Guilty Bystanders
After Raymond Zack, 53, walked into the ocean in Alameda, Calif., intent on killing himself, he stood up to his neck in the frigid surf 150 yards offshore for more than an hour while at least 10 police and firefighters stood on the shore, with about 75 beachgoers, watching until he eventually drowned. “We’re not trained to go into the water,” police Lt. Joe McNiff said. Fire Chief Ricci Zombeck, noting that budget constraints prevent the fire department from recertifying its firefighters in land-based water rescues, said, “If I were off duty, I would know what I would do,” but he added that his on-duty response was to stay “within our policies and procedures” to avoid opening the city to liability. Firefighters wouldn’t even go into the water to retrieve Zack’s body, instead waiting until a woman in her 20s volunteered to swim out and bring the body back to the beach. At a packed city council meeting after the incident, Alameda residents declared they had lost faith in their first responders. (San Francisco’s KGO-TV)

Culinary Adventures
Following the National Transportation Safety Board’s conclusion that Canada geese caused the forced landing of a U.S. Airways jet in the Hudson River by getting caught in its engine during takeoff, New York City announced plans to capture geese flocking around LaGuardia and Kennedy airports and send them to Pennsylvania to be cooked to feed the poor. “Rather than disposing of them in landfills, we wanted to make sure they do not go to waste,” an official of the city’s Department of Environmental Protection said. (Reuters)

•: Fifteen percent of British consumers responding to a survey admitted serving dinner guests food that had fallen on the floor, and 10 percent knowingly served them food well past its sell-by date. Another 13 percent said they had accidentally poisoned themselves and their guests with their cooking. According to the poll commissioned by Italian pasta maker Giovanni Rana, 5 percent of the respondents admitted defrosting food by using irons, hairdryers, tanning beds and other alternative heat-generating appliances. (Reuters)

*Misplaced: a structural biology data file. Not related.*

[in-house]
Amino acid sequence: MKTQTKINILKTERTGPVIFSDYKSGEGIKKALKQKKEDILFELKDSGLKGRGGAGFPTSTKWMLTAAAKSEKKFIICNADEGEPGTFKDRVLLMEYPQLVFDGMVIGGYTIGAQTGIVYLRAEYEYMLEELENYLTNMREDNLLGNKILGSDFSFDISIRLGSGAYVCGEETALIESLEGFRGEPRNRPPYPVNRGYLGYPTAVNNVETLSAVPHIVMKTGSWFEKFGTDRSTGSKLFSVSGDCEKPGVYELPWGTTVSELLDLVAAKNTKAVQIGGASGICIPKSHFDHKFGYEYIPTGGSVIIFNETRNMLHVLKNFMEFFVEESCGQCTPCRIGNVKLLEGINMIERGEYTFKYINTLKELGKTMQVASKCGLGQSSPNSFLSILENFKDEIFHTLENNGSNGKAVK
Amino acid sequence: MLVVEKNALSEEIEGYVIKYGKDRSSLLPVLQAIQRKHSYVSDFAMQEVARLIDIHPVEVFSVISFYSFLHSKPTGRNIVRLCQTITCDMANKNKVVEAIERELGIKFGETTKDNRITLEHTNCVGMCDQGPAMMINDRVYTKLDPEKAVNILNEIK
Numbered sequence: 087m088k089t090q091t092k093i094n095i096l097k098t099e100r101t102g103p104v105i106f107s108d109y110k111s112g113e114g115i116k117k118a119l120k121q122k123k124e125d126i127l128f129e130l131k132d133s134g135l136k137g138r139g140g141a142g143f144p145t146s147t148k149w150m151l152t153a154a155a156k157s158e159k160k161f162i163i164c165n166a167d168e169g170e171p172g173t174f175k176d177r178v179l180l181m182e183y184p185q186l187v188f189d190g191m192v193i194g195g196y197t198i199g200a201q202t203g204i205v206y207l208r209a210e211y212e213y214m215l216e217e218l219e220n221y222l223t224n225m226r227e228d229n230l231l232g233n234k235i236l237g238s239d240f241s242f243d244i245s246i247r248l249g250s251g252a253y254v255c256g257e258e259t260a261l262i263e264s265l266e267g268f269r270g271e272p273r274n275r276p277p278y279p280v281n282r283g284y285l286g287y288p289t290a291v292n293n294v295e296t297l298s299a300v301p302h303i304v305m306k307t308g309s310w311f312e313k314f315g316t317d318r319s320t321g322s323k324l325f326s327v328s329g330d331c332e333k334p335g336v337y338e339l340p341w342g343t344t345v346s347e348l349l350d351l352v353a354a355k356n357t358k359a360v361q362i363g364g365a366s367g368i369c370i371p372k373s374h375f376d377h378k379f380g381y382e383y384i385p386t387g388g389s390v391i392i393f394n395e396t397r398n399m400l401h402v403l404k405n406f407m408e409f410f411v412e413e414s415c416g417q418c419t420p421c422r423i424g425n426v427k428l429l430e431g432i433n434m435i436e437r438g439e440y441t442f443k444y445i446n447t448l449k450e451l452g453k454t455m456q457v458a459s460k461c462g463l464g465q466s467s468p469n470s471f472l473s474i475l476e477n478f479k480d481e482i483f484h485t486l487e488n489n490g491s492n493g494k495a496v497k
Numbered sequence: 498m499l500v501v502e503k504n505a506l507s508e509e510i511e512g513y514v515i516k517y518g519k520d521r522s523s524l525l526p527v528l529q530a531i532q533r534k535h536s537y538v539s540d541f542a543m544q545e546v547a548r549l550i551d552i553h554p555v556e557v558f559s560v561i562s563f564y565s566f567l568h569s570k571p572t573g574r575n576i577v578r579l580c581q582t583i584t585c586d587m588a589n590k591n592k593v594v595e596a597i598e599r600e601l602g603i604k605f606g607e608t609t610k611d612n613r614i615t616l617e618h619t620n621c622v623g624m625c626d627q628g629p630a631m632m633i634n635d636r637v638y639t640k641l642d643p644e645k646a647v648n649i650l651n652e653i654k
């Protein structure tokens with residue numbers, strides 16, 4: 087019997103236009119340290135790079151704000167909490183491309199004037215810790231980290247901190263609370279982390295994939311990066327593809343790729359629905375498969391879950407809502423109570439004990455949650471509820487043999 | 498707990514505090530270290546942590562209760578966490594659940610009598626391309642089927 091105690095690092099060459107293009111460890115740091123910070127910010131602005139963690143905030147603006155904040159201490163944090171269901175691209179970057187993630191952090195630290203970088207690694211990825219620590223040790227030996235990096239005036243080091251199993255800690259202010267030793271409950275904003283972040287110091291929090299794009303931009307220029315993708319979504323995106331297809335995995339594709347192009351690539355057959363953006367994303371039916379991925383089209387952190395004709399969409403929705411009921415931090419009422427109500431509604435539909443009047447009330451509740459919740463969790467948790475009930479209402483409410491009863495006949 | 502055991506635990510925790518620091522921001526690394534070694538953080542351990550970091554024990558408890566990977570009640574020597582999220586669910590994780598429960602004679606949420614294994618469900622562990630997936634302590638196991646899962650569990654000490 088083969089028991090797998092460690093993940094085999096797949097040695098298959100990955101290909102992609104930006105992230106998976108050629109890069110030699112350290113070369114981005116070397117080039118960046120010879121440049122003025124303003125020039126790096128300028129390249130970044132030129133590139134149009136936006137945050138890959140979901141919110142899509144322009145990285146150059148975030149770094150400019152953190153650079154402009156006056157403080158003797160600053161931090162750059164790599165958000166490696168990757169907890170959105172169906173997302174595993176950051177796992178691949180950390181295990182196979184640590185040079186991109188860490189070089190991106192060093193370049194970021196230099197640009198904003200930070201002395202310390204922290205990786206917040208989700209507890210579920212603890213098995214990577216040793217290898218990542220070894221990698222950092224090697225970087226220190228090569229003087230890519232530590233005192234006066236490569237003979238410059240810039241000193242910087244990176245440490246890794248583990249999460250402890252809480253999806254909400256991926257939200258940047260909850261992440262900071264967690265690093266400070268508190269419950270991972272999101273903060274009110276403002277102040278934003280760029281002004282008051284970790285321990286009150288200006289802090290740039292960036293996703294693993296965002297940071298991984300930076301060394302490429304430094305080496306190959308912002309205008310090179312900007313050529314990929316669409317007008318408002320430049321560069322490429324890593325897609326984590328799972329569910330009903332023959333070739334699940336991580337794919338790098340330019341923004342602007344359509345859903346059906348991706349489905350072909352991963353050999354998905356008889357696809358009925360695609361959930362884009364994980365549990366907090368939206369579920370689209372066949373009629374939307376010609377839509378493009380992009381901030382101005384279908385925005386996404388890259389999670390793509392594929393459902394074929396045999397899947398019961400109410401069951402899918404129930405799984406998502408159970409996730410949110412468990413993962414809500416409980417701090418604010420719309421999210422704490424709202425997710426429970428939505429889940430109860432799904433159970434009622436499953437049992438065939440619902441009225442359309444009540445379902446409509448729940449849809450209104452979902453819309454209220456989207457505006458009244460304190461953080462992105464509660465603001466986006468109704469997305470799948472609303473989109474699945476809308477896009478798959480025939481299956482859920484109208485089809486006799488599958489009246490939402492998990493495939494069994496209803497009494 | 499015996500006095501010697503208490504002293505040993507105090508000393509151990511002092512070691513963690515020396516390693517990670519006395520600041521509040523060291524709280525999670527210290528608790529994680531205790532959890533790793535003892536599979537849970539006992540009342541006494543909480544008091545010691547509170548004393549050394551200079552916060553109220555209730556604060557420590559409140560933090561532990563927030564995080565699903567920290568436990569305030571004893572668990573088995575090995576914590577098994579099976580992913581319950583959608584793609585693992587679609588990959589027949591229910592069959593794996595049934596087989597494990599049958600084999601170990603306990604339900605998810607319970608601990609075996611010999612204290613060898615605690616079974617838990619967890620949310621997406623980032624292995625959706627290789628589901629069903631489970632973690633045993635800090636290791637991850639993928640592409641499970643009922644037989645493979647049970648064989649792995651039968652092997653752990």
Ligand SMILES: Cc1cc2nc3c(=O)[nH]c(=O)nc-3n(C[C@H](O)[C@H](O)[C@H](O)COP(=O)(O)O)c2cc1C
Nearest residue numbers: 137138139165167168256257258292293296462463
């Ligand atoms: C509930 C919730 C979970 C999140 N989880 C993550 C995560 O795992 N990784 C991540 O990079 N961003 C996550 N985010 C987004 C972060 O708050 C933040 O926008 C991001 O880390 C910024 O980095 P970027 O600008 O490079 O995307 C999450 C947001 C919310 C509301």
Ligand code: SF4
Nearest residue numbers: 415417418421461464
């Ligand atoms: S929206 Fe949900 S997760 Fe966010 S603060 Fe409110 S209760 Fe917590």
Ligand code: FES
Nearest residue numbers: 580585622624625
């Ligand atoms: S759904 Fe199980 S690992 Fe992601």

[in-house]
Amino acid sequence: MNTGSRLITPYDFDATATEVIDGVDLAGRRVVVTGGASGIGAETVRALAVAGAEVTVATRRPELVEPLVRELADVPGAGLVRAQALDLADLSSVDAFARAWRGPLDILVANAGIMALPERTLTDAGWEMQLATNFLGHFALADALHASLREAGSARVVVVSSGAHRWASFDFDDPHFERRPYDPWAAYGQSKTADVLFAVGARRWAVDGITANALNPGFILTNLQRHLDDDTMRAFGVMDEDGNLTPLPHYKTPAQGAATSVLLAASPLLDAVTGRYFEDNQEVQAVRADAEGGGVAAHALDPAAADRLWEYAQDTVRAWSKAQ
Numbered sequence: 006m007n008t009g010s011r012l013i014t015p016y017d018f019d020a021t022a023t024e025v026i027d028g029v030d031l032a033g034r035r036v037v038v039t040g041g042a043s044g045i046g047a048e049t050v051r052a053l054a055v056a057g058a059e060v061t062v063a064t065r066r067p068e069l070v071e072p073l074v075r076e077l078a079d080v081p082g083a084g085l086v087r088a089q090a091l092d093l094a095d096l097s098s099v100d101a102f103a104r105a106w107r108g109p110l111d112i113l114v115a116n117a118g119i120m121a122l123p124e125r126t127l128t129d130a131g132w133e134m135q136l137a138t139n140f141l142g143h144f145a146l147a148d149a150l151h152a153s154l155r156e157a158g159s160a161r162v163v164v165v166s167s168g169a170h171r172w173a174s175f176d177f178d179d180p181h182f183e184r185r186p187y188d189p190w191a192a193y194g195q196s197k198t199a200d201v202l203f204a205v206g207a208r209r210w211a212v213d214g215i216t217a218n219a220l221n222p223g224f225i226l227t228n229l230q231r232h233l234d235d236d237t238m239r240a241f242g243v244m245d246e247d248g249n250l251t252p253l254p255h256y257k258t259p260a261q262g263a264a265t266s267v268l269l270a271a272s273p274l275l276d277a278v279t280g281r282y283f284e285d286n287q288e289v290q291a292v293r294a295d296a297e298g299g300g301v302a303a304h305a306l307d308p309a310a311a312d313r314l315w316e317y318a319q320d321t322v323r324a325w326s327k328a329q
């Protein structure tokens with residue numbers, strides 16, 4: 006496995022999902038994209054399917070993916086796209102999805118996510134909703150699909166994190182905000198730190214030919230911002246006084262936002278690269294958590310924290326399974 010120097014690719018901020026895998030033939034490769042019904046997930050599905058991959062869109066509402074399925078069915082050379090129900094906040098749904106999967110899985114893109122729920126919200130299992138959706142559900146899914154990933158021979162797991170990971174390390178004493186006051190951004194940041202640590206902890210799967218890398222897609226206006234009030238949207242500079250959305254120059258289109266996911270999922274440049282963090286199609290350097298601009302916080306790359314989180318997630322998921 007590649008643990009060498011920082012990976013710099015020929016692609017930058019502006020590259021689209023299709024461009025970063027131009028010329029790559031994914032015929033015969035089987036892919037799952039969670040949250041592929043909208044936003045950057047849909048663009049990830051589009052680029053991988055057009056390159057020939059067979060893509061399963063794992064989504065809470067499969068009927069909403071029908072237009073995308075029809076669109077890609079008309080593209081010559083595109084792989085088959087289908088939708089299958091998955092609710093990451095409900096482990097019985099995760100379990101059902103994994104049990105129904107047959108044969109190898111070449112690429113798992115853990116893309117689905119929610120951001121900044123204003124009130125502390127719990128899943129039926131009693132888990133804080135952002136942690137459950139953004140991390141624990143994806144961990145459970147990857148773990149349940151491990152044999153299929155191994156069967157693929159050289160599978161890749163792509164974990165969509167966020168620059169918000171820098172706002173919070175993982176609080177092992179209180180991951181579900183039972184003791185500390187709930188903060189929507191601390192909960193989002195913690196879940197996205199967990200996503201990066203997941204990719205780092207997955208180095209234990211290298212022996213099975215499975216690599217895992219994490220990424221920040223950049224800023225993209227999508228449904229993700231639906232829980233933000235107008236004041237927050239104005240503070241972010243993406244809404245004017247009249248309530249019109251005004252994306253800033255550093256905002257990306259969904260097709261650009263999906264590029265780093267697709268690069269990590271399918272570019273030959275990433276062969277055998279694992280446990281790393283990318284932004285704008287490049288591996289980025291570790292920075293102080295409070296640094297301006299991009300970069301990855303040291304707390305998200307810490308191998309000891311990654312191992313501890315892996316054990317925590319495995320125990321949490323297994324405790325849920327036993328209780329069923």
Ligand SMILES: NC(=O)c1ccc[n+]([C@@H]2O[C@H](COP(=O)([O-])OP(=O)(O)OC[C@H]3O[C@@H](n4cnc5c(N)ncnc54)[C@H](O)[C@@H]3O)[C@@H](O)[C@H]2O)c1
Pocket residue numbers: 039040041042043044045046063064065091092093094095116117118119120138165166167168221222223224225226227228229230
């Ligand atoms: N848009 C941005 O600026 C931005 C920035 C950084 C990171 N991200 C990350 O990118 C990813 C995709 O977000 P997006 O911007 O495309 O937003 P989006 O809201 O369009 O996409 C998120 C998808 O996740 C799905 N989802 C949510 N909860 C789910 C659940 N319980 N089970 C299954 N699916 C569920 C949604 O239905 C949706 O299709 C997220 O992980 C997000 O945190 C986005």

When Guns Are Outlawed
A woman robbed a bank in Longmont, Colo., of an undisclosed amount of cash by threatening to infect the teller with AIDS if she didn’t hand over the money. Police official Jeff Satur said the woman, between 55 and 75, coughed frequently into a blue bandana during the holdup. (Reuters)

• When a 44-year-old man answered the door of his home in Stafford, Va., a man wielding a chain saw came at him. The resident went back inside and closed the door, but the man with the chain saw broke into the home and chased the resident, who defended himself with an aluminum baseball bat, hitting his attacker in the head and jabbing him in the midsection. The attacker fled but was later arrested and identified as Douglas Edward Turner, 31, according to Stafford Sheriff’s Maj. David Decatur, who explained the attacker was upset with the resident about a woman. (Fredericksburg Freelance-Star)

Compiled from mainstream news sources by Roland Sweet. Authentication on demand.